Walking into a room full of women with flawless curls and natural styles is an indescribable feeling. Some wore articulated braids and twisted updos, others left their curls exposed and falling. Every woman confidently wore wavy, curly, kinky, curly, cuddly, and localized styles, as she liked. The event Texture on the Runway in Atlanta, organized by NaturallyCurly in collaboration with Smooth ‘n Shine, had a festive atmosphere. Texture on the Runway, which started in 1998, was designed by Michelle Breyer and Gretchen Heber to celebrate natural hair.
Texture on the Runway has been frustrated by poor representation on the runways for almost 20 years and has created its own league with a runway that shows breathtaking natural styles in all their glory. This year, star stylist Larry Sims, who has worked with everyone from Gabrielle Union to Zendaya, SZA and others, created beautiful, naturally curly styles at the show. Breyer moderated the event together with Smooth ‘n Shine’s brand ambassador, Nikia Phoenix. Textures on the catwalk are about more than just hair – it’s a nod to natural hair and how powerful life is when you get involved with who you were born with.
This is what the leaders of this movement say.
Why runway texture is so important
Can you tell me the story of how texture on the runway was invented?
MICHELLE BREYER: When I started reporting on New York Fashion Week for NaturallyCurly a decade ago, I was blown away by the creativity that I saw on the catwalk about fashion. But as I covered more shows, I realized that there was a lack of variety on the runway. The models were almost entirely white and there was hardly a curl or kink to be seen. The people on the runway did not reflect the inclusiveness of the NaturallyCurly community or society as a whole.
I remember talking to one of my favorite hairdressers backstage and he apologized – because he knew how desperate I was to see a few curls on an airstrip – "Michelle, I tried to get the designer to do something with texture, but she wasn’t." not interested. "
After returning from the fashion week in February 2011, I thought: Why don’t we create our own runway show and do everything about texture? Our vision was to create a first-class fashion show that enables brands and their hairdressers to put the texture in the foreground – so that the hair determines the fashion and not vice versa. We wanted to give them full control to create their looks – be it Frohawks or long, sandy waves. We believed that if we wanted to make a statement, we had to do our runway show during New York Fashion Week, when all the biggest and best fashion shows were taking place.
Over the past five years, texture and diversity have found their way onto the runway as designers work to better reflect society. We believe that Texture on the Runway has played a role and will continue to do so to ensure that we see our curls and coils as something to celebrate rather than a problem to be solved.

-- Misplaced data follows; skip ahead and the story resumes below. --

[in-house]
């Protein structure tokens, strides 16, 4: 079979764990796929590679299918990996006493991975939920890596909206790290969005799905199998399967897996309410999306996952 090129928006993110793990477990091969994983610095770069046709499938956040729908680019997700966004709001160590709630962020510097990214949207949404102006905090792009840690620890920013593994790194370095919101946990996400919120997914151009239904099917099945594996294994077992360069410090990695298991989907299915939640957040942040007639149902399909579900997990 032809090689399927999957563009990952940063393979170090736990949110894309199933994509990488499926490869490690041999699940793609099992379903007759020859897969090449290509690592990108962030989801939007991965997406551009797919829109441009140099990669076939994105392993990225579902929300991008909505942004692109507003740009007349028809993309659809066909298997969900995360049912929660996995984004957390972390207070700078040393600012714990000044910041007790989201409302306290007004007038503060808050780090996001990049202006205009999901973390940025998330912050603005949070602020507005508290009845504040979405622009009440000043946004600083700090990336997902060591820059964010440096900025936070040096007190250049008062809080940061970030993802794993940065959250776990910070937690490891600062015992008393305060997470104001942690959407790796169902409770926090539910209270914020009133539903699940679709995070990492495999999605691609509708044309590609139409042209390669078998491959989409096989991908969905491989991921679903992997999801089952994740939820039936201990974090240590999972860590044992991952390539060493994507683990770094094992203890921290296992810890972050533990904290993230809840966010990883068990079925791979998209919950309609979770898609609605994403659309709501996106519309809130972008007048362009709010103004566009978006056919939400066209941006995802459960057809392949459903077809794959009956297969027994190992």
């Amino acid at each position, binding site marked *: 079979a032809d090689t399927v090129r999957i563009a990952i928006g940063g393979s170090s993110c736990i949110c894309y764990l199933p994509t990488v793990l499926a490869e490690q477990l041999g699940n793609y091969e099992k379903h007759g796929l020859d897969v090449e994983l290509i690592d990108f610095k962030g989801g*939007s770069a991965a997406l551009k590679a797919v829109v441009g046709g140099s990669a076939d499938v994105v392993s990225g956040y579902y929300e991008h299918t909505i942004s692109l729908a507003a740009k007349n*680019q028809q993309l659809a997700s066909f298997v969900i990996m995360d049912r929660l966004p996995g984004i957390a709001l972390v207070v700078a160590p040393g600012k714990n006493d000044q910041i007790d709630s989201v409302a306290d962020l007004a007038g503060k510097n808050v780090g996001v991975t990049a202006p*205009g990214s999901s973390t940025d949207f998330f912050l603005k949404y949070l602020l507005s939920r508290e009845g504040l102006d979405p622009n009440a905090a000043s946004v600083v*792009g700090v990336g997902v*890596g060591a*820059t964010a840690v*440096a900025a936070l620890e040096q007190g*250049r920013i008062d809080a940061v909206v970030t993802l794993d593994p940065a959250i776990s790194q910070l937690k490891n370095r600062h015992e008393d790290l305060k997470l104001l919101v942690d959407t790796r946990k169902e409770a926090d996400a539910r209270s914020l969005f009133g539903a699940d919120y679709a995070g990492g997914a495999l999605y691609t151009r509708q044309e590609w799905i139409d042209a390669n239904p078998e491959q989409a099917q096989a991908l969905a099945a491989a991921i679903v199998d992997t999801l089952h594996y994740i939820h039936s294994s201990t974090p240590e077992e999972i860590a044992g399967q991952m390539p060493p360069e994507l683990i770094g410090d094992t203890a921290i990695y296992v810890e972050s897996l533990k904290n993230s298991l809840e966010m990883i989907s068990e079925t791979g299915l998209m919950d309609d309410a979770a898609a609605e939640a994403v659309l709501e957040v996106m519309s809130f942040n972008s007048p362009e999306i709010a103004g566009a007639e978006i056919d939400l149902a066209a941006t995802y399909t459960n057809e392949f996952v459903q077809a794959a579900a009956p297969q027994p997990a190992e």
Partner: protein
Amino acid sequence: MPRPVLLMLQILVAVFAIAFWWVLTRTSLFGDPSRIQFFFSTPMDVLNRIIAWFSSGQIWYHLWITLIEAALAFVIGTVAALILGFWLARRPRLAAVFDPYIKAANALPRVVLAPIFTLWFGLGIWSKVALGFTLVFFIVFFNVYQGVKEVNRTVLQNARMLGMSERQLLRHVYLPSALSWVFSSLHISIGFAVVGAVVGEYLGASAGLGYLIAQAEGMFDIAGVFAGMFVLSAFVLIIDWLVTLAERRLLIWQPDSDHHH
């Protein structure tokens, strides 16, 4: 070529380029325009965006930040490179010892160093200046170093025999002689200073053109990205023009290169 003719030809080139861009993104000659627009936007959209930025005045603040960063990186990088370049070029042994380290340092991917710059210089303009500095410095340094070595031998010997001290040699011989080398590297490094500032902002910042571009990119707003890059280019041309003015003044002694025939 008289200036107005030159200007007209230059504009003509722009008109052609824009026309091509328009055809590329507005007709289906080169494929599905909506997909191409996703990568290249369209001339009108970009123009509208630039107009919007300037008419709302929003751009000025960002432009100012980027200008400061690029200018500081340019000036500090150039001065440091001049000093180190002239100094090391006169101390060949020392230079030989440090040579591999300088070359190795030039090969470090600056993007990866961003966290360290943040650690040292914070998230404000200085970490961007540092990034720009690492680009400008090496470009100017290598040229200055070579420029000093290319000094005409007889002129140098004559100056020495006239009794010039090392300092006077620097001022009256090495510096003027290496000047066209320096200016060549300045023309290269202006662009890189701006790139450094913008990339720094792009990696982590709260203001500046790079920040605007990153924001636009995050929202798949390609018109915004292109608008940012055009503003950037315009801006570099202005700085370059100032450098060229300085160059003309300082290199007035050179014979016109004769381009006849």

The show resonated with me when you said that you were discouraged not to see a representation on the runways. With important shows like Texture on the Runway you change the narrative. What do you think about advances in diversity?
MB: I definitely think there has been progress. However, if you look at the clothing collections in autumn 2018, the models on the catwalk are far from being representative of society as a whole. It is the exception rather than the rule to see a model that does not match the anglo look with straight hair. It seems like many designers are presenting one or two African American models with natural hair. Some of the best examples of inclusiveness come from newer designers like Threeasfour.
When it comes to hair, I still hear the argument that designers want hair to complement fashion rather than distract from it. I understand that. But with Texture on the Runway we have shown how texture in all its beautiful shapes can really enhance a collection and make it more exciting.
The process of getting texture onto the runway in NYFW was a challenge?
MB: We definitely had a lot of first-year naysayers who doubted we could either get the brands to sponsor it, the editors who reported it, or the people who participated. In 2012, the first year of the fair, winning brands as sponsors was definitely a challenge. It was a completely new concept and completely unproven. Many have cost other designers’ shows that they would have attended during Fashion Week to be part of Texture on the Runway, hoping that by participating in an event where the hair and their Brand became more popular in the front and in the middle.
With increasing awareness of the event and a less centralized fashion week, Texture on the Runway has become more important.
Why are the styles shown on Texture on the Runway so important?
I absolutely loved the dynamic styles you designed and created at Texture on the Runway. What was it like to create every style? And how did you go about choosing certain styles to portray every woman so beautifully and accurately?